Liver mosses are a group of about 9000 species of spore-producing plants. They are distributed around the world but are much more common in tropical areas. ( University of Bern )
It is discovered that one type of moss is potentially "medically more effective" than cannabis, with less psychoactive high. It is marketed online as a "legal high".
& Legal High & # 39;
It has long been recognized that cannabis is the only plant that produces tetrahydrocannabinol (THC), which is used by many to treat various substances. B. Dizziness, loss of appetite and pain, but it is still considered an illegal narcotic and can cause side effects cause. This is because THC has a strong psychoactive effect when used in higher doses.
It was in 1
Several years ago Dr. Jürg Gertsch from the University of Bern found out that liverwort was advertised online as a "legal high", although at that time no information was known about its pharmacological properties.
More & # 39; medically effective & # 39; As THC
Now animal model studies by Gertsch's research team, along with a research team from ETH's Department of Chemistry, THC and Perrottitines, discovered that perrotetins can actually reach the brain easily and trigger or activate cannabinoid receptors in the same way as the natural endocannabinoids of the body. They further found that the substance has an even stronger anti-inflammatory effect in the brain compared to THC and with a weaker psychoactive effect.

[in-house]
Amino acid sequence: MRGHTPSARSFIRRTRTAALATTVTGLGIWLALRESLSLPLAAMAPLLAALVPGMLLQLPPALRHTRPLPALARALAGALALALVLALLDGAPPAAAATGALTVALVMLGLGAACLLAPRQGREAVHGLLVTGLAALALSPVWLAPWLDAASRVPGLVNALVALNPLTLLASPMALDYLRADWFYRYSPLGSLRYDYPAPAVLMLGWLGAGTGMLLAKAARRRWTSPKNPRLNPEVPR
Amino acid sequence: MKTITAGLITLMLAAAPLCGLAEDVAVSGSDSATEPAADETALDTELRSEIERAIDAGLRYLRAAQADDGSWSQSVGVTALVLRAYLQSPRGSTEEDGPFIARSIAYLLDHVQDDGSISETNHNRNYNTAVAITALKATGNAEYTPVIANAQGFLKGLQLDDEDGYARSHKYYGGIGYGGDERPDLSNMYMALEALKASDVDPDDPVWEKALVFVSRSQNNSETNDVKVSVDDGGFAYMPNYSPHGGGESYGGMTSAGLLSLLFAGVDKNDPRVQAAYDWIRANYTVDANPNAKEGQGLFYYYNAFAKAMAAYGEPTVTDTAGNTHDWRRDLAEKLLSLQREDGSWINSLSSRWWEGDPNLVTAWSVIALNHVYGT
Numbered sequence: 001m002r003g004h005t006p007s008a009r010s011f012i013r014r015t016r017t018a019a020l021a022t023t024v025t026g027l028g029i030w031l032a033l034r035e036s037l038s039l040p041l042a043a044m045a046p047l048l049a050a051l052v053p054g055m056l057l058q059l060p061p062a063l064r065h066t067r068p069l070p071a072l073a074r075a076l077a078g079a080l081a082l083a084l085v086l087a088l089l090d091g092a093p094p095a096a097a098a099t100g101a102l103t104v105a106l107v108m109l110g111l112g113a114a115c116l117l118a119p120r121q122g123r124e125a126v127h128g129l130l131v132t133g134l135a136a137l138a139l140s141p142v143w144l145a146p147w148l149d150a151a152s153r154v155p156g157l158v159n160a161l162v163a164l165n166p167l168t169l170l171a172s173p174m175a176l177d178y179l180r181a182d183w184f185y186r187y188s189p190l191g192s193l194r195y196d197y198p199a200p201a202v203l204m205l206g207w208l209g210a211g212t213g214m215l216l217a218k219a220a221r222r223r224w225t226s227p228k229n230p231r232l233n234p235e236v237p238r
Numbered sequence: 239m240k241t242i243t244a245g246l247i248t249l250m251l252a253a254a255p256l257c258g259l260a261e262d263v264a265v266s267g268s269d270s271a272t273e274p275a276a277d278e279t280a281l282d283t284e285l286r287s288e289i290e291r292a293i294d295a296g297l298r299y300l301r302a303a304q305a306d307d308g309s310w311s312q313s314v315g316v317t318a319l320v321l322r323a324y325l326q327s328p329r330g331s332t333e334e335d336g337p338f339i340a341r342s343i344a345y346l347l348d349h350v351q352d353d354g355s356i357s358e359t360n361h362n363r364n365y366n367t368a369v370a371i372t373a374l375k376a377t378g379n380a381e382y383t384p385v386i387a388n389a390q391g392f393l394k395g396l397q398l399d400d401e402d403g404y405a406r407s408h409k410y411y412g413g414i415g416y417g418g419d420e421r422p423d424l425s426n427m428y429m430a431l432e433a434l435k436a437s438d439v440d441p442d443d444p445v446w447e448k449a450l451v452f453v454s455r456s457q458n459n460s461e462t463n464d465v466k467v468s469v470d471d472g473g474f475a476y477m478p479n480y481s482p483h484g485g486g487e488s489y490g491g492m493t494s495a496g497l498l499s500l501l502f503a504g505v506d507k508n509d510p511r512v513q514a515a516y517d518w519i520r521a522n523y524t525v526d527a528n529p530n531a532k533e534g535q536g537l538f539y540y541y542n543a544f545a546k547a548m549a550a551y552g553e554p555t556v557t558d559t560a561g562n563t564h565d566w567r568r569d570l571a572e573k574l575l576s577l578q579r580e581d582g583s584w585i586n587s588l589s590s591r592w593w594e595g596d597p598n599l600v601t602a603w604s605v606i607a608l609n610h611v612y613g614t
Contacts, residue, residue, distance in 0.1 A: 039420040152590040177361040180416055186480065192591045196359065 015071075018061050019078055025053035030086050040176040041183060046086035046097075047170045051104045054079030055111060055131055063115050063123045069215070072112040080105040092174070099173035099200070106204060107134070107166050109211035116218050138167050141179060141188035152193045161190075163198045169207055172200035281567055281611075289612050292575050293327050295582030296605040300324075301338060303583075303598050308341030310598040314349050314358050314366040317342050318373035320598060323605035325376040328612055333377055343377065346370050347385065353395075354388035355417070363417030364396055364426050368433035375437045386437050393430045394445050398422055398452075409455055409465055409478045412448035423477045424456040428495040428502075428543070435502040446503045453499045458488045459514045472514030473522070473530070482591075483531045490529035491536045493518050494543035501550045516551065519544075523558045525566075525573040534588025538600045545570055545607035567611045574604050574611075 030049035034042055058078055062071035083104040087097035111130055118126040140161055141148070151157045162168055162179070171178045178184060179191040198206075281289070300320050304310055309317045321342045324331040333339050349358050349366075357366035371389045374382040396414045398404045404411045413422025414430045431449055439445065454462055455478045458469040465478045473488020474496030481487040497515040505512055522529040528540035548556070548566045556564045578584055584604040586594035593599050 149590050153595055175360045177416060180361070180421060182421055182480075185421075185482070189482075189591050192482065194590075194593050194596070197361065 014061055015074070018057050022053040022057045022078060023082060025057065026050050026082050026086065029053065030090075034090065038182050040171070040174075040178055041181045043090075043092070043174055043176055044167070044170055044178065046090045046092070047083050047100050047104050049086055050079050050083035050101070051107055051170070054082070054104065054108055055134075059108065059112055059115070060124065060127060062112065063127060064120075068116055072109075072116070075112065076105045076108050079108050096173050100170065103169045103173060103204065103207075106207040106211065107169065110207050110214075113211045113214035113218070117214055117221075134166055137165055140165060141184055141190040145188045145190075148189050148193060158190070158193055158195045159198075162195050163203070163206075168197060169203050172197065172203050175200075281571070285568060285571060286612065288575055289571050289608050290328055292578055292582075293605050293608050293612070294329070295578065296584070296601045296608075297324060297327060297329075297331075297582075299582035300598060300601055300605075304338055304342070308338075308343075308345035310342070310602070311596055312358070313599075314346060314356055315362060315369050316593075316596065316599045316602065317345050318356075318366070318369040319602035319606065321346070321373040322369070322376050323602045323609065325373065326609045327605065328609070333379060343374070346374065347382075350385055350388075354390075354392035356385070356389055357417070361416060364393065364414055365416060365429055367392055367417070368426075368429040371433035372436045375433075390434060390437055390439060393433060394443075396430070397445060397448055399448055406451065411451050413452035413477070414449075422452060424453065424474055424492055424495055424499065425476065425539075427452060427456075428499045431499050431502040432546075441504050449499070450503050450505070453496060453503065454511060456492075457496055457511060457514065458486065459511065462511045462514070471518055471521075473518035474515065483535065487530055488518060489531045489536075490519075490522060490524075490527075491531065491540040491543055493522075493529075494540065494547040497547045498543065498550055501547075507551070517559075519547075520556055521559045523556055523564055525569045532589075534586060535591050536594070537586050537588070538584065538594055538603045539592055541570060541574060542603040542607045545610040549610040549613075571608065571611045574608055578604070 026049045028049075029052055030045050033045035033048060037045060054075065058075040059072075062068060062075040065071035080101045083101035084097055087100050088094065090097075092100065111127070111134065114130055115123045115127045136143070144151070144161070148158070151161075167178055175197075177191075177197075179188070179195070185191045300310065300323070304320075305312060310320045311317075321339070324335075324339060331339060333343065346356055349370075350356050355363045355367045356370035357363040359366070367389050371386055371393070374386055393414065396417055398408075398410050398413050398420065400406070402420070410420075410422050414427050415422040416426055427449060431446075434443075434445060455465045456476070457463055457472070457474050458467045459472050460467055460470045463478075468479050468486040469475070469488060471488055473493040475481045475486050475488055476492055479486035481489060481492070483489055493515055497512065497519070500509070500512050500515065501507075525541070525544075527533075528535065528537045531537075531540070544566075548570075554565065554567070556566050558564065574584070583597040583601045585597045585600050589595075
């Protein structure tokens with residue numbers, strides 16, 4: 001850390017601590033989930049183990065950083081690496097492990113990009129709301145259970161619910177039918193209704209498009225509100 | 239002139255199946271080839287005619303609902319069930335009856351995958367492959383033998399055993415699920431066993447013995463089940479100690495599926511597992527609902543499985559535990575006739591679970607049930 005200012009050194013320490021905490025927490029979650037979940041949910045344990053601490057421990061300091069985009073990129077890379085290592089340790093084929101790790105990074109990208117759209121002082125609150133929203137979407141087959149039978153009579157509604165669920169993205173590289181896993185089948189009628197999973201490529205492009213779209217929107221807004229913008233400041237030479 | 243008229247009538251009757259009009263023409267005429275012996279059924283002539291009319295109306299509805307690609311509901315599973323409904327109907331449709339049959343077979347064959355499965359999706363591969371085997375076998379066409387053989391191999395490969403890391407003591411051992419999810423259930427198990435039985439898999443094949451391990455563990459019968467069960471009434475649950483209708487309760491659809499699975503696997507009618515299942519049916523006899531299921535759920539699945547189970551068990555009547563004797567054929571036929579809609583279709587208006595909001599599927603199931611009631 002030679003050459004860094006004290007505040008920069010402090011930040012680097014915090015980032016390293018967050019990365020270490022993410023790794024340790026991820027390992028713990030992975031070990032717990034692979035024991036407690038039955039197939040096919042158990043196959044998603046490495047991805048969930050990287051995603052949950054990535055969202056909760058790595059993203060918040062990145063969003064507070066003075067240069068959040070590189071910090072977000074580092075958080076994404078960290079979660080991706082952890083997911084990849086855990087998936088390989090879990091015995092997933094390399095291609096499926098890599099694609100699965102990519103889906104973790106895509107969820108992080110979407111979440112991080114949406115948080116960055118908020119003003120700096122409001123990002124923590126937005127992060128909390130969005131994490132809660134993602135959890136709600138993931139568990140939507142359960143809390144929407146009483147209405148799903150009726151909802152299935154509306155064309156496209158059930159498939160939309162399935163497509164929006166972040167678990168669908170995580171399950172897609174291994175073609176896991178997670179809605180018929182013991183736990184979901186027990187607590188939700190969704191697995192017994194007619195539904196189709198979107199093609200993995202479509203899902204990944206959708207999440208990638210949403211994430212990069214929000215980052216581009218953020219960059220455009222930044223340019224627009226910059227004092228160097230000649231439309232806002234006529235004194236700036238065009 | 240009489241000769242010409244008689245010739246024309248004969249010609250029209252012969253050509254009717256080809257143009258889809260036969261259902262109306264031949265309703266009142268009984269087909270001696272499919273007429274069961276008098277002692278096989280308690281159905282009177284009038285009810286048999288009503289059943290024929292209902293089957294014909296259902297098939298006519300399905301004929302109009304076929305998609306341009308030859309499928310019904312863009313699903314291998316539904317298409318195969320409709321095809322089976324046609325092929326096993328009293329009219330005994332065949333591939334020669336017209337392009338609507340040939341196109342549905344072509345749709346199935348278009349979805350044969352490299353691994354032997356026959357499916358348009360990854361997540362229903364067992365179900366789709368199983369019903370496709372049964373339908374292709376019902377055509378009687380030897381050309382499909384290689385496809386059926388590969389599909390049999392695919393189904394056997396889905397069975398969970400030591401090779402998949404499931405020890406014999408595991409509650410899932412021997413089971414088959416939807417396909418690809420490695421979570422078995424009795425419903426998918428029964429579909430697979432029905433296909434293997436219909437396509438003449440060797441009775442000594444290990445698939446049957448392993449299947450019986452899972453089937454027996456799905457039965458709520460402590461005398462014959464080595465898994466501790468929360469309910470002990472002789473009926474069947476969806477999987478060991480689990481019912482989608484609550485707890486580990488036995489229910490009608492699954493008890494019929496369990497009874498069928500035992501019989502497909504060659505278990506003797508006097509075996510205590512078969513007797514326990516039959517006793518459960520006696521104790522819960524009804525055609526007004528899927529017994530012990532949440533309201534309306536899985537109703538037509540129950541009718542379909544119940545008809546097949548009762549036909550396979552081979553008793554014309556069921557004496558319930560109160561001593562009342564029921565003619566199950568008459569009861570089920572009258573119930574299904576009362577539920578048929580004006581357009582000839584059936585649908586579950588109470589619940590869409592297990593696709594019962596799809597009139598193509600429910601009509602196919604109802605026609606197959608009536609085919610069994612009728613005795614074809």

By comparison, THC is therapeutically effective in treating various conditions in low doses, but has severe psychoactive effects in higher levels. For this reason, although THC is effective for some, it is still not used by many. Put simply, it is possible that perrotetins are "more medically effective" than THC, although more researchers are needed to fully understand its pharmacological potential.
"It's amazing that only two plant species are separated by 300 million years of evolution, producing psychoactive cannabinoids," said Gertsch.
The publication is published in Science Advances .
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